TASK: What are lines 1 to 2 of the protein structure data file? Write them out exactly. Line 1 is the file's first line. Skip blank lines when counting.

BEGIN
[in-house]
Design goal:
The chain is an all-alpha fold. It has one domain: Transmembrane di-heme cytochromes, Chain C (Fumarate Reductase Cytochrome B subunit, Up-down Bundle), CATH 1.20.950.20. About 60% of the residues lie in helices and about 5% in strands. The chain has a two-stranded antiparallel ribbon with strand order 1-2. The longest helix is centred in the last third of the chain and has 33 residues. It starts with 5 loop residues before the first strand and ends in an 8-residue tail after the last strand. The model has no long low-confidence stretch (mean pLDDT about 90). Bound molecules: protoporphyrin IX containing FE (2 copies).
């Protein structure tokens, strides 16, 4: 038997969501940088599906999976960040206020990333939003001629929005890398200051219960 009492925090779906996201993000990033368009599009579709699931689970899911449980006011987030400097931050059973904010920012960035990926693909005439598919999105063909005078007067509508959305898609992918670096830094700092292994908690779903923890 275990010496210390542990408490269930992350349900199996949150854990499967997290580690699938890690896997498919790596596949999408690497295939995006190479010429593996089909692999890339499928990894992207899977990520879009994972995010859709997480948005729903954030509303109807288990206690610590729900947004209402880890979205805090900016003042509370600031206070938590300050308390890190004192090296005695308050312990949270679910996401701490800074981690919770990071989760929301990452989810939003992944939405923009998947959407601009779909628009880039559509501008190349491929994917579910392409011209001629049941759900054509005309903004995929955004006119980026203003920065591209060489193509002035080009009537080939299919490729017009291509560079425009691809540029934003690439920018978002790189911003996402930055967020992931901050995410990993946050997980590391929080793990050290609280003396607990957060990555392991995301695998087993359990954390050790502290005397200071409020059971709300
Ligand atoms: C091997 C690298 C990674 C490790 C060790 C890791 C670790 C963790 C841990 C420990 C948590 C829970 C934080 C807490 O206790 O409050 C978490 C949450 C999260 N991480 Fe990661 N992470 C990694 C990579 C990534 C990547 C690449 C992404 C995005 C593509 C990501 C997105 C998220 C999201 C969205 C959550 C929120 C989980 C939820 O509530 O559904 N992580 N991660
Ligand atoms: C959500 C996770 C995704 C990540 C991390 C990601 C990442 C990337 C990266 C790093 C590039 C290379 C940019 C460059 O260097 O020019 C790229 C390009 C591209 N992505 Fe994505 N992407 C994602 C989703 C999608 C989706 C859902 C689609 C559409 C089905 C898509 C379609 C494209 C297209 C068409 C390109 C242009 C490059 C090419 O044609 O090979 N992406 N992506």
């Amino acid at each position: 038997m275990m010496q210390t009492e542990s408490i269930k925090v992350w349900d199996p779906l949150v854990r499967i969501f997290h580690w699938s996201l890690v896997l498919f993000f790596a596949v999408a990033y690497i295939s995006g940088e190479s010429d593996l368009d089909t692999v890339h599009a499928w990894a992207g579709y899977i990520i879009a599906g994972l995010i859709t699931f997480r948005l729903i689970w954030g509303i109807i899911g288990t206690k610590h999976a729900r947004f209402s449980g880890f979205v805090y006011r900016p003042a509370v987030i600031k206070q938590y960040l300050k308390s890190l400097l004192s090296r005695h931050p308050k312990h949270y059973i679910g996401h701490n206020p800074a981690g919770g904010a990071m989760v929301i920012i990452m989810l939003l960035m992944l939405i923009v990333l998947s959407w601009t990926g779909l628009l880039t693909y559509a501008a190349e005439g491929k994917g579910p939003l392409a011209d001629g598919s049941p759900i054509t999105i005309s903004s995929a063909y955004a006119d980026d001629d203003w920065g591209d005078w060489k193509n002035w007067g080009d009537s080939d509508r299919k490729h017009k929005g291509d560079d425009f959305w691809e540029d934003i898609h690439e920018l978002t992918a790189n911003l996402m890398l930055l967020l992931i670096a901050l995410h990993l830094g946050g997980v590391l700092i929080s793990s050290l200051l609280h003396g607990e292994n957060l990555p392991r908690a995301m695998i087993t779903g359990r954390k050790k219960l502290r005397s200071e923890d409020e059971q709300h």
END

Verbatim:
[in-house]
Design goal: